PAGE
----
An easy guide to understanding the different stages of multimedia translations
Consumers are 10 times more likely to buy goods or services if addressed in their own language and this is actually more important than the price in more than 50% of the cases. With multimedia content becoming more and more popular, especially in the digital sphere, we have noticed an increase of market needs in this area. Having online video translation as part of your global marketing strategy is a considerable advantage.
By popular request, we thought a guide on how the different stages of the multimedia translation processes unfold would be useful for our current and potential clients. There are certain things we need to keep in mind when planning a project.
Professional subtitles should always be created in software packages that allow the linguist to easily measure reading speeds and check the character length limits while translating and editing them. According to industry research, an average viewer can comfortably read the text written on two full subtitle lines in 6 seconds, when each line contains a maximum of 42 characters, so 84 characters in total.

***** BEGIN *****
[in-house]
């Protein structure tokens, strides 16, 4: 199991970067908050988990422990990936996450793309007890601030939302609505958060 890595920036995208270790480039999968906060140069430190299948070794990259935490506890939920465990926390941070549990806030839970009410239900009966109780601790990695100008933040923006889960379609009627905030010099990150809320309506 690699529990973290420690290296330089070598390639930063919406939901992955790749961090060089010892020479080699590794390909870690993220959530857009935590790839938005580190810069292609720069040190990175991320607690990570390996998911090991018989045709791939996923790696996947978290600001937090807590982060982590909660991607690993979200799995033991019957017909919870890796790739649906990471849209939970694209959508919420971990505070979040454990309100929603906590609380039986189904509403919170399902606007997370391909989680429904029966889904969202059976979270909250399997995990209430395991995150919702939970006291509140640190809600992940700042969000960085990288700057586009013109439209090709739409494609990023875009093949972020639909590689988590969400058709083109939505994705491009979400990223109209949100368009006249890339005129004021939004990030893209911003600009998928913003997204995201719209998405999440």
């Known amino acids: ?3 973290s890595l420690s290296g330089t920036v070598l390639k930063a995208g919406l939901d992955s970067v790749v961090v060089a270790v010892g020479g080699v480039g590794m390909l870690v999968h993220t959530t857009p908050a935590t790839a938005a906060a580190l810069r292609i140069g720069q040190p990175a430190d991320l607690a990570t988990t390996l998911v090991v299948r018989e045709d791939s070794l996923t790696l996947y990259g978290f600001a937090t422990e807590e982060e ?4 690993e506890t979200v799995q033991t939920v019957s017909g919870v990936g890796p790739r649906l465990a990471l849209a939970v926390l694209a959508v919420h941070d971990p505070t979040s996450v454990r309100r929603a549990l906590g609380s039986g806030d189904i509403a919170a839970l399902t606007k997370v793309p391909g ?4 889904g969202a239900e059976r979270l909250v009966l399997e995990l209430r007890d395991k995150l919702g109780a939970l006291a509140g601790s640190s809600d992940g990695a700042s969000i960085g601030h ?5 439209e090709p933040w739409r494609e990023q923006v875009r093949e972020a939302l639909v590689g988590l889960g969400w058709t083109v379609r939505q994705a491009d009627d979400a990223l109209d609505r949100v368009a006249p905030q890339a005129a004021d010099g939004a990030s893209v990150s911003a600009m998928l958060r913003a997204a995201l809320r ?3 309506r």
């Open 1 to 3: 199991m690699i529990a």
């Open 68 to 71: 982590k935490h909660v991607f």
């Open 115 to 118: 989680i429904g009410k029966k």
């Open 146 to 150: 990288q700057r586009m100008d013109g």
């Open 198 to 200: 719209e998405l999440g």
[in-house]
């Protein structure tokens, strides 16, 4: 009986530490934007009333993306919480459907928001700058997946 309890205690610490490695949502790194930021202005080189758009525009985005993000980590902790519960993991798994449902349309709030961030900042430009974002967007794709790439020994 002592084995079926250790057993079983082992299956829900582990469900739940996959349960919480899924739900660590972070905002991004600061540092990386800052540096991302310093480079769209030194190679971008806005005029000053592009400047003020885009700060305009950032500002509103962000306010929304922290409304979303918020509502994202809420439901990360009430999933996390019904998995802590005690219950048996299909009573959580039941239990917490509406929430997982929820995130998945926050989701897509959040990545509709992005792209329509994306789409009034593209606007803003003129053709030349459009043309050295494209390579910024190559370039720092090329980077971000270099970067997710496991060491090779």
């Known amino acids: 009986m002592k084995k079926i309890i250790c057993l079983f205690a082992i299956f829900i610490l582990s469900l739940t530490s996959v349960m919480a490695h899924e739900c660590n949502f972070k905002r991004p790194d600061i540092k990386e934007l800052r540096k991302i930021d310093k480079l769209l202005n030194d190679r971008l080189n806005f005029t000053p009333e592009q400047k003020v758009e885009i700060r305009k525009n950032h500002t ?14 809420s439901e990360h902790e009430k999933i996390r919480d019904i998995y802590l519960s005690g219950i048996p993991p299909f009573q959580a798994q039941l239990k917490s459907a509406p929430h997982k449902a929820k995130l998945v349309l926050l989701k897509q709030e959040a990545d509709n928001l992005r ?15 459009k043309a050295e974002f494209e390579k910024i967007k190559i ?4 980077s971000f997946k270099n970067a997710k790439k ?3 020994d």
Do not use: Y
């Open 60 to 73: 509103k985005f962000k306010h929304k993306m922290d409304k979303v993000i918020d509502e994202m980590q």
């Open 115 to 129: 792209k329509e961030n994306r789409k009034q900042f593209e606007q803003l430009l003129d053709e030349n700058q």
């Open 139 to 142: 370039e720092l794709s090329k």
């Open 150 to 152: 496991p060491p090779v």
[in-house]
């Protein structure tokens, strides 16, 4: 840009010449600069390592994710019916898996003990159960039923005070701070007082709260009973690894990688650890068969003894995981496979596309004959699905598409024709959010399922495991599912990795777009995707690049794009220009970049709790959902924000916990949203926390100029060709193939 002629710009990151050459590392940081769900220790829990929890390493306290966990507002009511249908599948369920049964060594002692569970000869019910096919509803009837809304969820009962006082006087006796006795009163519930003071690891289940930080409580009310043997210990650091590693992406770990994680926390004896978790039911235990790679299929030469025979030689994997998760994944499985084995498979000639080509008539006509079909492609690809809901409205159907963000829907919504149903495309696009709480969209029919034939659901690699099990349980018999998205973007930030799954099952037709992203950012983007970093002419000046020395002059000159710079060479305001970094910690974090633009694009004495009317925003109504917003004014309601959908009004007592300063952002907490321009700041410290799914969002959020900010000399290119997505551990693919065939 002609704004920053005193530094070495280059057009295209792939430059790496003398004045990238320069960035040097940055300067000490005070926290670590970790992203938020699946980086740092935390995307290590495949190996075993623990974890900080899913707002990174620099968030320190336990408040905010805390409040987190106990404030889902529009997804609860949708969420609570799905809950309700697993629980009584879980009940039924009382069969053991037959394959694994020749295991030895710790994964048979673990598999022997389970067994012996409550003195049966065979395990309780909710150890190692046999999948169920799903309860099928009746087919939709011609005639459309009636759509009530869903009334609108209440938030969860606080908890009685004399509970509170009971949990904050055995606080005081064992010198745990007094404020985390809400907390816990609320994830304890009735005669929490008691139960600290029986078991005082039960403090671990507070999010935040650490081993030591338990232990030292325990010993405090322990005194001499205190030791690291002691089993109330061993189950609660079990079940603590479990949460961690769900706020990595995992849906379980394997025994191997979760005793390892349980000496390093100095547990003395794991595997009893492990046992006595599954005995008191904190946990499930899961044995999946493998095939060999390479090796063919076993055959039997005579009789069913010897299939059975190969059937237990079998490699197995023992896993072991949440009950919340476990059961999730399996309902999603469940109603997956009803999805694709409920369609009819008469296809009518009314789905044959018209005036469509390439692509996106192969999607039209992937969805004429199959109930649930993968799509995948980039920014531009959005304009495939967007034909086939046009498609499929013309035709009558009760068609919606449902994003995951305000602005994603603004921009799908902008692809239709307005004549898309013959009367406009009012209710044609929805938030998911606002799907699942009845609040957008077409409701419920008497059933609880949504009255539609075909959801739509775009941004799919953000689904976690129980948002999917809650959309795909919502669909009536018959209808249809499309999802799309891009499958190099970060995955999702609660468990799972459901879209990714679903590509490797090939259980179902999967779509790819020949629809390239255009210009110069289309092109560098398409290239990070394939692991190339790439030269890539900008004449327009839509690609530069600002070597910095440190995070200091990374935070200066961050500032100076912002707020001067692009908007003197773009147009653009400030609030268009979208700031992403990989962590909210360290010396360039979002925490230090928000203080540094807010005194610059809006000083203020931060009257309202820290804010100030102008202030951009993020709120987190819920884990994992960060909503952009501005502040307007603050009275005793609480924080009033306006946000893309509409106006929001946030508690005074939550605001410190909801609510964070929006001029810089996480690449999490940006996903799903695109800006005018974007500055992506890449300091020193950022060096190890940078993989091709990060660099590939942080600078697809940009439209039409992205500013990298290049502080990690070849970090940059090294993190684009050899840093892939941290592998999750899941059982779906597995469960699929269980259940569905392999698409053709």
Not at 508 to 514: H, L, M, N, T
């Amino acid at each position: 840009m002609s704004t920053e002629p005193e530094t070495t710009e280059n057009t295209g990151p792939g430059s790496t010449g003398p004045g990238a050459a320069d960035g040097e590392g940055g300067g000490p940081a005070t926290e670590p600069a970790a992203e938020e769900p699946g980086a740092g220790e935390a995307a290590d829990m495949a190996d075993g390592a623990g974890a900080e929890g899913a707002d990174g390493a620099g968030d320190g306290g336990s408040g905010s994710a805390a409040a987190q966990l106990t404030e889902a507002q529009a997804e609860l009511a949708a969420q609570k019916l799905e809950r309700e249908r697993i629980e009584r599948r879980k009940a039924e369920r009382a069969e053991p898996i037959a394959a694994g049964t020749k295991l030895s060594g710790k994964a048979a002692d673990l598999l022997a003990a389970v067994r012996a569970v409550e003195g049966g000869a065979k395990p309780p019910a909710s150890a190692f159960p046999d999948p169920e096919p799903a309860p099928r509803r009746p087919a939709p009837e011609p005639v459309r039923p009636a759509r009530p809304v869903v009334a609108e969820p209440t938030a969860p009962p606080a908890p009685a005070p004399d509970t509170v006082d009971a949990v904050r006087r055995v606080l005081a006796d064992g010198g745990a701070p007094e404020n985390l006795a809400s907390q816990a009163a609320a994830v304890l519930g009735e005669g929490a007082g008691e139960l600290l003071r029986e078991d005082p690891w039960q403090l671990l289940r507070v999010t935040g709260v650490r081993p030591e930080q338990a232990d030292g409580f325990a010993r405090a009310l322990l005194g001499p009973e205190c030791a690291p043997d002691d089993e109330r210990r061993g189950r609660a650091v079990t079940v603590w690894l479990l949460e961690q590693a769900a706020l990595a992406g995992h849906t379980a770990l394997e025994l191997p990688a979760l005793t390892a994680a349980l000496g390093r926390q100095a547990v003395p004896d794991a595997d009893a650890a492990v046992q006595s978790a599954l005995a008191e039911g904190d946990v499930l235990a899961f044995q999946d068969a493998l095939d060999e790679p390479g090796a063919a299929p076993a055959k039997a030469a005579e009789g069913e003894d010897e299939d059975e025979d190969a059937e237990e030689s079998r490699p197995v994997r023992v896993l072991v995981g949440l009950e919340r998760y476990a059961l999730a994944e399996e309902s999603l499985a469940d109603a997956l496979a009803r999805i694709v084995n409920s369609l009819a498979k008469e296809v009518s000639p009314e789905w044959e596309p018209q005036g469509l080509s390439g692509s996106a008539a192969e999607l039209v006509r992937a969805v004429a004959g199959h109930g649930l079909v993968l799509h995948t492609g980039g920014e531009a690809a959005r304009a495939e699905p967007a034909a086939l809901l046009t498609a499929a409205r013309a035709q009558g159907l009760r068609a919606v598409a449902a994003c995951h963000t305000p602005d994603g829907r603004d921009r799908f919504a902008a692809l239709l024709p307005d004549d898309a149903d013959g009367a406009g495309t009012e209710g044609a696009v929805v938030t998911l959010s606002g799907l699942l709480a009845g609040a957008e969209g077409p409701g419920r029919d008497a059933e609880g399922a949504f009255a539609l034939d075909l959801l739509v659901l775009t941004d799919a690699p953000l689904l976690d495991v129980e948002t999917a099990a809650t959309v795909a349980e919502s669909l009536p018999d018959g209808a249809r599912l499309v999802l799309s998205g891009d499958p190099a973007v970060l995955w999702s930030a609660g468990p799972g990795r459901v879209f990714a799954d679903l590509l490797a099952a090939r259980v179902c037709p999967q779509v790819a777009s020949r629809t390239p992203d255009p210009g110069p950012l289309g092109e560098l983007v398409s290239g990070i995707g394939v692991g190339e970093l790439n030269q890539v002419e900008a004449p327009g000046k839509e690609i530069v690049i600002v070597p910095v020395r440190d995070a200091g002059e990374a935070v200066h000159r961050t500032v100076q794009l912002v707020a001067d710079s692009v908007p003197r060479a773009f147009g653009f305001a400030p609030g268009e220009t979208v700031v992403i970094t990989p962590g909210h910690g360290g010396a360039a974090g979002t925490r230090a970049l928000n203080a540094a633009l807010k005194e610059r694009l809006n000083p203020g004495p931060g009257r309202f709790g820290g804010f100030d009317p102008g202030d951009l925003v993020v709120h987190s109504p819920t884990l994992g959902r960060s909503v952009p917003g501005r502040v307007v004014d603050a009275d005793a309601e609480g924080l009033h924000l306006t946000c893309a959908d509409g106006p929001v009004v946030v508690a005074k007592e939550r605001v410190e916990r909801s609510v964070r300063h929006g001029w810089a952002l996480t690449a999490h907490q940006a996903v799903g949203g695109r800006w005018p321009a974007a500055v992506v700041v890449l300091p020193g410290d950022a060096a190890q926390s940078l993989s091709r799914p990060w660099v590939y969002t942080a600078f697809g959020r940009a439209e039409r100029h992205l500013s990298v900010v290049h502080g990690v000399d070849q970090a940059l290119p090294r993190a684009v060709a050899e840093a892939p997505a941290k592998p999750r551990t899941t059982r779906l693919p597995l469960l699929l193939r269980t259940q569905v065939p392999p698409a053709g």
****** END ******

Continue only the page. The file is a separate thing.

With regards to voice-over and audio dubbing, selecting the appropriate translators and voice talents very much depends on the context in which the video will be used and its target audiences.
Once we receive the scripts or have transcribed the video ourselves, we proceed with the translation followed by revision using a second independent translator. We then continue with the recording of the voices.
Whether we are providing audio dubbing or voice-overs, our clients can choose the type of voice to be used in the videos (male or female, younger or older, children, tonality of the voice, accent, etc.) from our library of voice talents.